3. Status:

      • Assess the workflow task's current status. Describe how it is performed, including the tools and methods used. For example, it manually transfers data between Google Sheets.

    4. Workflow Problem:

      • Identify the main problems with the current workflow. These might include time consumption, error rates, inefficiencies, or bottlenecks. For example, I spent too much time on manual data entry and analysis.

    5. Workflow Goal:

      • Set a clear goal for optimizing this workflow. This could be reducing the time spent, improving accuracy, or generating more insights. For example, aim to reduce the data transfer and analysis time by 50%.

    6. Proposed Solution:

      • Outline the solution you propose to address the workflow problem. This could involve implementing AI tools, automating tasks, or adopting new software. For example, an AI-powered tool can automate data extraction and analysis.

    7. OKR Strategy:

      • Develop an OKR (Objectives and Key Results) strategy to guide your efforts. This strategy should align with your business objectives and provide a clear framework for measuring success.

    8. OKRs:

      • Define specific OKR Key Result the workflow task supports. For instance:

        • Key Result 1: Increase sales meetings to 10 per week from cold and warm email campaigns by the end of Q3 2024.

    9. Baseline Workflow Steps:

      • Document the steps involved in your current workflow. This helps in comparing the before and after states. For example:

        • Extract data from Google Sheet A.

        • Transfer data to Google Sheet B.

        • Analyze data for patterns and trends.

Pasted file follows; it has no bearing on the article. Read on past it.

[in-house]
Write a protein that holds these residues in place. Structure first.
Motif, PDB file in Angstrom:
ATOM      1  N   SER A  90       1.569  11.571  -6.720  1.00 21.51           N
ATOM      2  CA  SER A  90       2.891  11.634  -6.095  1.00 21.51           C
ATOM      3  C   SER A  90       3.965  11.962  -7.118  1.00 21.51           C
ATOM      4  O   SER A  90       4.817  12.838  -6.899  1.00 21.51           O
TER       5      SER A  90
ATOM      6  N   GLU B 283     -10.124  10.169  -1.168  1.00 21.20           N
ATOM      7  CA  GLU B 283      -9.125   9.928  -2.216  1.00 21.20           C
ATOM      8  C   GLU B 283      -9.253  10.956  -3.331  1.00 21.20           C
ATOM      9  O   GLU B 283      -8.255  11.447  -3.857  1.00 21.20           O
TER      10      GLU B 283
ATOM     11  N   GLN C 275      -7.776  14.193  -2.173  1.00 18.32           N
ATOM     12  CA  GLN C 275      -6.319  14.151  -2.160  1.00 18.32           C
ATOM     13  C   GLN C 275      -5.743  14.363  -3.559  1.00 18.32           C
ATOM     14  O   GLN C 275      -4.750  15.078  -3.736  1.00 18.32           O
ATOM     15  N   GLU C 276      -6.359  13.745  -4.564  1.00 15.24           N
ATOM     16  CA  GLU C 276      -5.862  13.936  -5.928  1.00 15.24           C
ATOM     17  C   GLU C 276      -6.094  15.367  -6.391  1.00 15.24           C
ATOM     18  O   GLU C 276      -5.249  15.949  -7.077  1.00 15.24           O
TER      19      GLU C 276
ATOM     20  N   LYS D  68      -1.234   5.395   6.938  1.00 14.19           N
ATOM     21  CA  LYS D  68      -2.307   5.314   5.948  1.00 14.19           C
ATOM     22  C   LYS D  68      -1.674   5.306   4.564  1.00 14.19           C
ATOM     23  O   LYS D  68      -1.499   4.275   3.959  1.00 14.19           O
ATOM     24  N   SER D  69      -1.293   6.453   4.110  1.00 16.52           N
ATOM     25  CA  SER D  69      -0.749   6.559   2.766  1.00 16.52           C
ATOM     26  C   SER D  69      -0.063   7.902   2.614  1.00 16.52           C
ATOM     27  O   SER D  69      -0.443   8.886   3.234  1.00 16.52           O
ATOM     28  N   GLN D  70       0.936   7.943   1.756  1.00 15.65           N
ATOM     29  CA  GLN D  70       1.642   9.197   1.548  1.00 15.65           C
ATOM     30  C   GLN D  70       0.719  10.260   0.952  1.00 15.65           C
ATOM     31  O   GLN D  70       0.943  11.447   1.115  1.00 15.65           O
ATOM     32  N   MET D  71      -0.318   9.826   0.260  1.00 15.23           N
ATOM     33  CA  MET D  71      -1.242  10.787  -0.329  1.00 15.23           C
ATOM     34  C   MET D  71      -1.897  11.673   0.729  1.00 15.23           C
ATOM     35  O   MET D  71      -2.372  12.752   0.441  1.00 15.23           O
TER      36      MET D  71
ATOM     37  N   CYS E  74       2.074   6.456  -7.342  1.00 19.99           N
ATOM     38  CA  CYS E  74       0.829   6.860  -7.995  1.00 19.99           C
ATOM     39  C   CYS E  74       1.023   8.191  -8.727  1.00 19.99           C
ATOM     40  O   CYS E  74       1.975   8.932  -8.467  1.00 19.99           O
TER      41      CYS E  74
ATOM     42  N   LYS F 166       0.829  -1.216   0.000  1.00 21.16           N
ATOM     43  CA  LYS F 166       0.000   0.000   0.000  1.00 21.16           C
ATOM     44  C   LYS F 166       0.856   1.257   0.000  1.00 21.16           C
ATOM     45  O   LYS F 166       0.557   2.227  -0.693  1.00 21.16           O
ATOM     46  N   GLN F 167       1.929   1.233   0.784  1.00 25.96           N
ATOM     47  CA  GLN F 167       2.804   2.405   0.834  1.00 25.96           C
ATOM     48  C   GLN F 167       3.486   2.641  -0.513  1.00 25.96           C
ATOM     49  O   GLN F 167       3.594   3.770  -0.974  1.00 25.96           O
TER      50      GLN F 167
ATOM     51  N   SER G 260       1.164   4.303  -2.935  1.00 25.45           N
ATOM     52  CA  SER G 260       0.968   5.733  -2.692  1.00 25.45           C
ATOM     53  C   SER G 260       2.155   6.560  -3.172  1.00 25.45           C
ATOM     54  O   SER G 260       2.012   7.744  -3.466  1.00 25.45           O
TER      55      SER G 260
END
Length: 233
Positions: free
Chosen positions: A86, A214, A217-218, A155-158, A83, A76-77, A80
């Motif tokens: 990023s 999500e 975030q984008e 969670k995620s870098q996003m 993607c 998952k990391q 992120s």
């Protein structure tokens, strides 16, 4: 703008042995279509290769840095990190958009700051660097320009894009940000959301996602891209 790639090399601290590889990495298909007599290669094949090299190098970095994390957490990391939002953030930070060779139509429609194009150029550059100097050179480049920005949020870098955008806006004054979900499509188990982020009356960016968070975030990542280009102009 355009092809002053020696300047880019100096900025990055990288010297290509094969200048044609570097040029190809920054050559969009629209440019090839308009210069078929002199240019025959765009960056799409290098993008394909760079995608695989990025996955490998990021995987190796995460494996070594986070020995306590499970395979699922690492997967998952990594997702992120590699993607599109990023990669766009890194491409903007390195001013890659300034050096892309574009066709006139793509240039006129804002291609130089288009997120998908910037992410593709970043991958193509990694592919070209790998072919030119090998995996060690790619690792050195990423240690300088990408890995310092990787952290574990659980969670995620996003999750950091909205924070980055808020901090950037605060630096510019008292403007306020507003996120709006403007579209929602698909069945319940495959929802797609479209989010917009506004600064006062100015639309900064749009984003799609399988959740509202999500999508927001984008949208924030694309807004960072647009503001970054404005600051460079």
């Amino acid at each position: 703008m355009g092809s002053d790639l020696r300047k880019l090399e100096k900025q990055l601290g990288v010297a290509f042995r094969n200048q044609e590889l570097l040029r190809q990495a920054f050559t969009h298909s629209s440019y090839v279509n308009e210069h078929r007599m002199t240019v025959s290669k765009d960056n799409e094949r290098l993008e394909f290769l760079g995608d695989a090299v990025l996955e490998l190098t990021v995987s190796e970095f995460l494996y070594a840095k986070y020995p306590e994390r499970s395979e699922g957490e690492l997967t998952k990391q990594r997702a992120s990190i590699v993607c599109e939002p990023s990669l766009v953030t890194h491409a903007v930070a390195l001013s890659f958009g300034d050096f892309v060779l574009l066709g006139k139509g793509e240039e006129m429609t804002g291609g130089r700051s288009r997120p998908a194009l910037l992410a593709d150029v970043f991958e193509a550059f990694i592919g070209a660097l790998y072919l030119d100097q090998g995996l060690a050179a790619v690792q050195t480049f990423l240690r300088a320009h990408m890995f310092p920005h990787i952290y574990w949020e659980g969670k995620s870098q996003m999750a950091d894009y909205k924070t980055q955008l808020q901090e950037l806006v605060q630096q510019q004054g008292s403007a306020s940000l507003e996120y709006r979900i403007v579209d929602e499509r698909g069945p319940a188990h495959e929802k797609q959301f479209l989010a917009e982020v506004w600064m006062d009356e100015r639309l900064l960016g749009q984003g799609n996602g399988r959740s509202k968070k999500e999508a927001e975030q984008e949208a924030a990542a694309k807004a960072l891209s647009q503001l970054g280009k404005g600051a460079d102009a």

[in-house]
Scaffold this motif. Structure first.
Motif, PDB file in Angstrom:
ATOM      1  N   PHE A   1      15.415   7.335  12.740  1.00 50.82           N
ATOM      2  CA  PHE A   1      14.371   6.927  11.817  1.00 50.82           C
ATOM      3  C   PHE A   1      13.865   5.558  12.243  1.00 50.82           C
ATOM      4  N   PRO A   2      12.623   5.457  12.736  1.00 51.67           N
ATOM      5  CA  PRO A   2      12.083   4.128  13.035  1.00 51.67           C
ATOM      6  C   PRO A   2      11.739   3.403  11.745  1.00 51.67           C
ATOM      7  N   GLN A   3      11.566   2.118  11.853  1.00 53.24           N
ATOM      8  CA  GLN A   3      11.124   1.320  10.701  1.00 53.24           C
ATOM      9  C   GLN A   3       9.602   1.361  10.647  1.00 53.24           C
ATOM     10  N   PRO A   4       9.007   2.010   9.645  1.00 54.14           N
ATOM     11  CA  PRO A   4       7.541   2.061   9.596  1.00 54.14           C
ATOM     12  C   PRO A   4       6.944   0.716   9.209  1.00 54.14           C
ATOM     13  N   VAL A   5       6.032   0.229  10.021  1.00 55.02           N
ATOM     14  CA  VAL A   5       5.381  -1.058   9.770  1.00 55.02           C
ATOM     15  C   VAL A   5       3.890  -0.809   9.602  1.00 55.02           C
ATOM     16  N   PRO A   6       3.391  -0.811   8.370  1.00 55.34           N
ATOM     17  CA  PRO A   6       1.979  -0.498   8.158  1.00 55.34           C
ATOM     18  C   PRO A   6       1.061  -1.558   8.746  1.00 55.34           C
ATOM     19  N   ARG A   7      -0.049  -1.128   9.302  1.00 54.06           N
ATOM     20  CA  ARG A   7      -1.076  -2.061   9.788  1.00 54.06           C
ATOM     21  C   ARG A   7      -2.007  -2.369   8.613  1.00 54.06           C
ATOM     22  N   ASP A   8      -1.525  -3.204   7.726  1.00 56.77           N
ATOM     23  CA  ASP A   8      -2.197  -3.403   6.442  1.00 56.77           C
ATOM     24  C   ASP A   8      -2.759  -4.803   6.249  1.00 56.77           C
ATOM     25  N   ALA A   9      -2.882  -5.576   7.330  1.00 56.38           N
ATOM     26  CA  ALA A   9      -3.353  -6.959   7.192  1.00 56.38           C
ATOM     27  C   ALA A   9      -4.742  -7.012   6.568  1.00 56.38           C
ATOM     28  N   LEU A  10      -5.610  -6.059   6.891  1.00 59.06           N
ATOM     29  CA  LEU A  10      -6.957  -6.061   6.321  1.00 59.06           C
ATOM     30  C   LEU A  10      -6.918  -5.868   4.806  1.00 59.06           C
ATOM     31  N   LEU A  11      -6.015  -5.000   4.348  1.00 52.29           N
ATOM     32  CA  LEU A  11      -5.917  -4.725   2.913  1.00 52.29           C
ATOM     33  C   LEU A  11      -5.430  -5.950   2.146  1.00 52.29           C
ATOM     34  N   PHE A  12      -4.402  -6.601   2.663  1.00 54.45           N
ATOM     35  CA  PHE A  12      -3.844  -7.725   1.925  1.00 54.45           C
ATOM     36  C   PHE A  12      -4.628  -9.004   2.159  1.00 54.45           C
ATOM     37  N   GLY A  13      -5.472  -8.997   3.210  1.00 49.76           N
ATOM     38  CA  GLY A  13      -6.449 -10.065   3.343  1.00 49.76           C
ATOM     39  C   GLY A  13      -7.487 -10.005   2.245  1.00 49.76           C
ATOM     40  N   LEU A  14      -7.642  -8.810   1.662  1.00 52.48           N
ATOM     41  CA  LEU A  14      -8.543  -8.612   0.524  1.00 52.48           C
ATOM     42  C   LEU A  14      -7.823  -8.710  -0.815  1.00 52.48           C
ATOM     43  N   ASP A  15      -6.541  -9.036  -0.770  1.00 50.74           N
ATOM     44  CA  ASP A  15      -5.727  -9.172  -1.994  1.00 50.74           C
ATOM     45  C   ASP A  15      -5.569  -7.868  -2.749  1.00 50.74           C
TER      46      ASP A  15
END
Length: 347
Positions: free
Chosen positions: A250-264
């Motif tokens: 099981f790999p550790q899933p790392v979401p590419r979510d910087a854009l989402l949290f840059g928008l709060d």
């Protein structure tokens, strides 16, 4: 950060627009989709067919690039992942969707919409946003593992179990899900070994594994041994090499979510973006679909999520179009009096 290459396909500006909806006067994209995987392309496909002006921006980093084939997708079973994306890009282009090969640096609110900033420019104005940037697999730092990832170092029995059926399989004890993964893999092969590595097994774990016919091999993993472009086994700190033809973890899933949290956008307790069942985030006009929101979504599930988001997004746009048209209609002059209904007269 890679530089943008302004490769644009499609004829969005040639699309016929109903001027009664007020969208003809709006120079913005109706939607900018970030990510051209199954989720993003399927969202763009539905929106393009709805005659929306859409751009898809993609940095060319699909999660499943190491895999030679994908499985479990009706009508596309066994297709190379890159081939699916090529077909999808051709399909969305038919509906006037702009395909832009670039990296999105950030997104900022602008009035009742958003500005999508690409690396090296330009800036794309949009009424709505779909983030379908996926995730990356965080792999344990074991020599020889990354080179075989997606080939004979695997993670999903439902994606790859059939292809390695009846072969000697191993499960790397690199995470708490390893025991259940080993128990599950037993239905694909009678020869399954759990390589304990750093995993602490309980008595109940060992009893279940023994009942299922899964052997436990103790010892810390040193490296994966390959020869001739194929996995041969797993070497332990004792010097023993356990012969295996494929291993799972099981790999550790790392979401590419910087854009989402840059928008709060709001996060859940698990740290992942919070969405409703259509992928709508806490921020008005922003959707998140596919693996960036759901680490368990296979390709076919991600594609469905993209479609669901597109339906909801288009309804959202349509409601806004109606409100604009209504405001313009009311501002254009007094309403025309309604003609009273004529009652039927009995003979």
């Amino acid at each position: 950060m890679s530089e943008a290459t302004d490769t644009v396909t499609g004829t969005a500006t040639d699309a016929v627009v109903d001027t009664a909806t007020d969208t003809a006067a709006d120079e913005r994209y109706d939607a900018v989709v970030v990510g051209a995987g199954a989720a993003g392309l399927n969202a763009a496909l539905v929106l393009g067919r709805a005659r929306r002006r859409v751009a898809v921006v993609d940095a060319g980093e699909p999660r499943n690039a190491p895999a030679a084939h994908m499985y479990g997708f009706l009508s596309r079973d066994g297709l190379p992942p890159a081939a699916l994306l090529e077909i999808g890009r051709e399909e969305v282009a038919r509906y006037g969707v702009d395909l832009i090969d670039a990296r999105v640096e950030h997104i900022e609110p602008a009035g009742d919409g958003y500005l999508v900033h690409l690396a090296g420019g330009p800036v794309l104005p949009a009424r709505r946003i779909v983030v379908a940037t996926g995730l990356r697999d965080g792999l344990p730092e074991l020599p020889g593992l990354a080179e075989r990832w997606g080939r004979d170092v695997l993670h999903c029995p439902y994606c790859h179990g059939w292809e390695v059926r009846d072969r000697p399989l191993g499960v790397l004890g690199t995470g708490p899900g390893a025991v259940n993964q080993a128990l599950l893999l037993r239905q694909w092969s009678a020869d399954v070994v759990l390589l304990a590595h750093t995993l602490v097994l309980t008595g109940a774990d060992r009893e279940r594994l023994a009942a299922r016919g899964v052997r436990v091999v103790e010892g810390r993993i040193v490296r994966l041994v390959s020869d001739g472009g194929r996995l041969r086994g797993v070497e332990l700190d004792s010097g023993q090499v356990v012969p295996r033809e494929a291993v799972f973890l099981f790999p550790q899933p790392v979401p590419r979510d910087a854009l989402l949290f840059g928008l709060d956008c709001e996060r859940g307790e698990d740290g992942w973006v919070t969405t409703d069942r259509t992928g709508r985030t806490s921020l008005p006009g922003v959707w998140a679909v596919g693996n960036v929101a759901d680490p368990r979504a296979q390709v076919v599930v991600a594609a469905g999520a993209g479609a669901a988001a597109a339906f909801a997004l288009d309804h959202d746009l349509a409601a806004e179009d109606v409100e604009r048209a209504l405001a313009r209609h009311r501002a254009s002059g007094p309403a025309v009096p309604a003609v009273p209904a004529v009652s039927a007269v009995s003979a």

• Compile reports.

    10. Weekly Baseline Cost:

      • Calculate the weekly cost of maintaining the current workflow. This includes labor, software, and other relevant expenses, such as time spent on manual data entry.

    11. Baseline Scale:

      • Determine the current scale of the workflow. This could be the volume of data processed, the number of campaigns analyzed, etc. For example, it analyzes five campaigns per week.

    12. Baseline Time:

      • Measure the total time spent on the workflow in its current state. This helps in assessing the impact of any changes made. For example, 10 hours per week spent on data transfer and analysis.

Establishing this detailed baseline creates a comprehensive picture of your current status. This sets the stage for measuring the impact of any improvements you implement and ensures that your goals are clear and achievable.

Setup the AI hypothesis

In this step, you set up the experiment to test the proposed solution. In my case, I decided to build a GPT called Thinker Analyzer that acted as a marketing campaign data scientist, performing all the tasks I was previously doing manually. Here’s how you can document the steps involved in setting up the hypothesis:

  1. New Workflow Steps:

    • Define the new steps involved in the optimized workflow using the AI tool. For example:

      • Thinker Analyzer extracts data from marketing platforms.

      • Thinker Analyzer processes and analyzes the data.

      • Thinker Analyzer generates performance reports and insights.

  2. AI Implementation:

    • Describe how the AI tool is implemented. This includes setup, configuration, and integration with existing systems. For example, Thinker Analyzer can be integrated with Google Sheets and email marketing platforms.

  3. Initial Results:

    • Document the initial outcomes after implementing the AI tool. This includes any immediate improvements or challenges faced. For example, initial results showed a 30% reduction in data processing time.